“Yeah, I make do. I’ll get you that gum don’t worry. So –”
Then, from the dingy darkness, some guy slid into the seat in front of me. Irritated, I looked at Ani rolling my eyes, and we stopped talking. An awkwardness occupied the former territory of cuteflirty dialogue. Just my pinche luck! Some horny bastard had to come and beat right in front of us! The unzipping of his zipper grated my ears. Flesh slapped against jeans. I was not having this, no, no, no. I wasn’t gunna let this horndog ruin our moment. I improvised. I began shuffling around, kneeing the guy’s seat, flicking pieces of dandruff on him, scraping the heels of my shoes against the floor. Irritation: the weapon of the disenfranchised.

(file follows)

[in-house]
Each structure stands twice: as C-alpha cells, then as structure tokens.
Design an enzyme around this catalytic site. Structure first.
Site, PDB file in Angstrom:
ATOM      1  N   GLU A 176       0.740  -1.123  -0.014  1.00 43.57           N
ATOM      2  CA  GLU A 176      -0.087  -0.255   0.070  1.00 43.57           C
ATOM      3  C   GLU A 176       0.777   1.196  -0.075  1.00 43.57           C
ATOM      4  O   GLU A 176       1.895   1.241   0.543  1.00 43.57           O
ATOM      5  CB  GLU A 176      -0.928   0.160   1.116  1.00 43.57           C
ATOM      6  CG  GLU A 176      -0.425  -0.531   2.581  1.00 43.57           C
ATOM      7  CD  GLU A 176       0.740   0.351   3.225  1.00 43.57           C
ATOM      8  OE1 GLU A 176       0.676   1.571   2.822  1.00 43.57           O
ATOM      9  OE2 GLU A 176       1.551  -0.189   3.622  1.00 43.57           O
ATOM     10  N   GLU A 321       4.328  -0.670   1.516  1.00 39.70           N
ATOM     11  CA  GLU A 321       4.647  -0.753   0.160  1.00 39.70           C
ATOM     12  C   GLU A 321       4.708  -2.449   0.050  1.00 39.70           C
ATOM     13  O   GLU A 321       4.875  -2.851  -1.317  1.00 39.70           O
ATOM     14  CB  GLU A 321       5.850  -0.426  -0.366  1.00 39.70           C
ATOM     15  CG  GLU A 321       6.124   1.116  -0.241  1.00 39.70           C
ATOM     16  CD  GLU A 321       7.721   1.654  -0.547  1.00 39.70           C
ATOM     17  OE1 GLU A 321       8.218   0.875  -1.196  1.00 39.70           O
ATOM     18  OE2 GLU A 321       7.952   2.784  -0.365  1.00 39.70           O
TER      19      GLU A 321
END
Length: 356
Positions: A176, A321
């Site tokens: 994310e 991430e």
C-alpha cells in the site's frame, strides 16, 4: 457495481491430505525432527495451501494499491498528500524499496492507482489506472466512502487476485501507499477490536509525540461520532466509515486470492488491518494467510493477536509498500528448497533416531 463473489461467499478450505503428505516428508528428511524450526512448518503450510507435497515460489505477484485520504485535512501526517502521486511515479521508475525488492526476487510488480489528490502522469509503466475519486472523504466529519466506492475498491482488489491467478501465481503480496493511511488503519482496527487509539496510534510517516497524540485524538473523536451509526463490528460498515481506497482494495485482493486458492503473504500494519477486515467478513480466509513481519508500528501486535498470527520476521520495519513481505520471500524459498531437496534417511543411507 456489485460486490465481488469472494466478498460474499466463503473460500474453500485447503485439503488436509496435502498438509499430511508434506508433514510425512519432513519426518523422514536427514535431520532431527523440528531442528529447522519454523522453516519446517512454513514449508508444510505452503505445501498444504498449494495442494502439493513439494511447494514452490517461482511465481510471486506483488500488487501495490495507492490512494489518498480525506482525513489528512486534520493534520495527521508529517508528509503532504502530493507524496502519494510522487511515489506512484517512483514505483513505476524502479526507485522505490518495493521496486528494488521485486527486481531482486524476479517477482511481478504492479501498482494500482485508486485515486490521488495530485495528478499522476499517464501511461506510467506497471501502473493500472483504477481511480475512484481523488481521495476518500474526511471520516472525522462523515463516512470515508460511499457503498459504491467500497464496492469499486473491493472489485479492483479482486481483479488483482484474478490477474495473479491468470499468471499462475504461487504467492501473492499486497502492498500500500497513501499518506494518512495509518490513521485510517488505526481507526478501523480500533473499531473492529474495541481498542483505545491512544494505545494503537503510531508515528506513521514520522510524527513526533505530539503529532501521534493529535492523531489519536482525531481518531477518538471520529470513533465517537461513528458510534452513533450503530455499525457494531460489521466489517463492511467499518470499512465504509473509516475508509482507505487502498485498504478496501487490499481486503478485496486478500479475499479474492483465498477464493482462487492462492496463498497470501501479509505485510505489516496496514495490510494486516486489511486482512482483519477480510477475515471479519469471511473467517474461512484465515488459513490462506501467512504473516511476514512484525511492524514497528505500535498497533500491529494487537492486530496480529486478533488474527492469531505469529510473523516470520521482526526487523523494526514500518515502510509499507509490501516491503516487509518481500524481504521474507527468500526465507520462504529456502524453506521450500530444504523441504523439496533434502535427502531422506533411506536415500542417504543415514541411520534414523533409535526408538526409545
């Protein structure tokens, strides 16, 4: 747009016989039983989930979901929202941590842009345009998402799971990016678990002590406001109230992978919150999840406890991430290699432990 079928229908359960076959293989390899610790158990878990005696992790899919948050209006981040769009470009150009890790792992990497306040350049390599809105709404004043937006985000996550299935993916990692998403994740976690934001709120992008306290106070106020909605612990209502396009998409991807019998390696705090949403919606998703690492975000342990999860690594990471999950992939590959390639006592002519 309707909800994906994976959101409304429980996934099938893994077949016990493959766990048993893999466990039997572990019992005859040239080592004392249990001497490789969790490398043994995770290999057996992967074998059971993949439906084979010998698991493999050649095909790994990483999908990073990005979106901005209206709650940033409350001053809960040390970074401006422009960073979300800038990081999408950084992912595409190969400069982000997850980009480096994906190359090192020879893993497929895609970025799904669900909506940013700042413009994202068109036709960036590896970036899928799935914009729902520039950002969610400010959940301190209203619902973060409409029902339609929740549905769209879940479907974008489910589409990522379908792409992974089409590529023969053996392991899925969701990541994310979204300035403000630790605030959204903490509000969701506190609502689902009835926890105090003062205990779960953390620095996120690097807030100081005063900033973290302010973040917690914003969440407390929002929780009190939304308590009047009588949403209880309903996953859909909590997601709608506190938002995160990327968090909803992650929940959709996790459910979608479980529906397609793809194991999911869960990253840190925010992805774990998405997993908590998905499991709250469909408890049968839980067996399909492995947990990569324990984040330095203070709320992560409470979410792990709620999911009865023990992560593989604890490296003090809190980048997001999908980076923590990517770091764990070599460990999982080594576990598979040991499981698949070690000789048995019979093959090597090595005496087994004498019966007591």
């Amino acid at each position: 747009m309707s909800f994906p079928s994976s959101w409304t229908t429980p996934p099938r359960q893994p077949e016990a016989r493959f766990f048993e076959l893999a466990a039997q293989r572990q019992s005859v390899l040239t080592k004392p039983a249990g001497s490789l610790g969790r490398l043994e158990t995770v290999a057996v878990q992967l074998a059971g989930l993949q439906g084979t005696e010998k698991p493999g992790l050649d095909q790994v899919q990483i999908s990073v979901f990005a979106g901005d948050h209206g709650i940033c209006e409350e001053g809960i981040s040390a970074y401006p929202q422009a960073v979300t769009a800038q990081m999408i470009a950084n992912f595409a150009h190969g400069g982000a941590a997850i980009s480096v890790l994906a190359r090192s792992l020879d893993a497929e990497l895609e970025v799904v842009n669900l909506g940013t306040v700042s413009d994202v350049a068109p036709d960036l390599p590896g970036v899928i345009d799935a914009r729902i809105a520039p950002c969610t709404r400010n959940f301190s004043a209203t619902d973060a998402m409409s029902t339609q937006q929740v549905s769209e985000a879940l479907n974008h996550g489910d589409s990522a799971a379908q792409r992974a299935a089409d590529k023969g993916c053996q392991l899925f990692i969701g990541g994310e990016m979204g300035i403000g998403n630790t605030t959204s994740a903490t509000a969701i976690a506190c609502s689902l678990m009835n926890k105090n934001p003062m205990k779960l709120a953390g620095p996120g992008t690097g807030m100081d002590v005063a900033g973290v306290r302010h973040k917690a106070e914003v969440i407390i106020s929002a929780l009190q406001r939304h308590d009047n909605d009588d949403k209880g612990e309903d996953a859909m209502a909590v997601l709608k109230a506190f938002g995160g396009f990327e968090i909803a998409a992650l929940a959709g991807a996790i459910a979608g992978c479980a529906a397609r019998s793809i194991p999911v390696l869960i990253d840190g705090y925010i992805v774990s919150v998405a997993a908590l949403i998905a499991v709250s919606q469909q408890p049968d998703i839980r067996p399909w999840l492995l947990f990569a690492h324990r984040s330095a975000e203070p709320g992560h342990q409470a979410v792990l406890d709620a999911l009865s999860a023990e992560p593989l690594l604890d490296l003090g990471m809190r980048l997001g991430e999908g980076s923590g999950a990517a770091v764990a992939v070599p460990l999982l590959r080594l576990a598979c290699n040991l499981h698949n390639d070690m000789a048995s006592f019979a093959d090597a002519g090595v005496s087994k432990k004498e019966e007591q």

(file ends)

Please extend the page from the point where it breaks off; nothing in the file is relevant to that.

He turned around, frustrated, “Do you mind? Damn.”
“Is (you pronounce it like a recent immigrant spic: push hard against the back of the throat, contort the vowel from an i, to an extended ee, making it vibrate out, then follow with the stressed emphasis of s, curling, an acrobatic feat, hissing out) there a problem sir? Ju wanna take dis outside?” I snapped, eyes stern, crossing my right leg over my left, exuding cattiness.
He looked at me, then at Ani, and grumbled off to another part of the theatre. Victory! My Catwoman-ferocity-realness had won.
“Anywho,” I said, readjusting my ass so I could inch closer to Ani, “can I get a flavor of gum I never tried. That would be real cool. Get me some kind of gum that Dominicans chew, ya know, like straight up imported from the island.”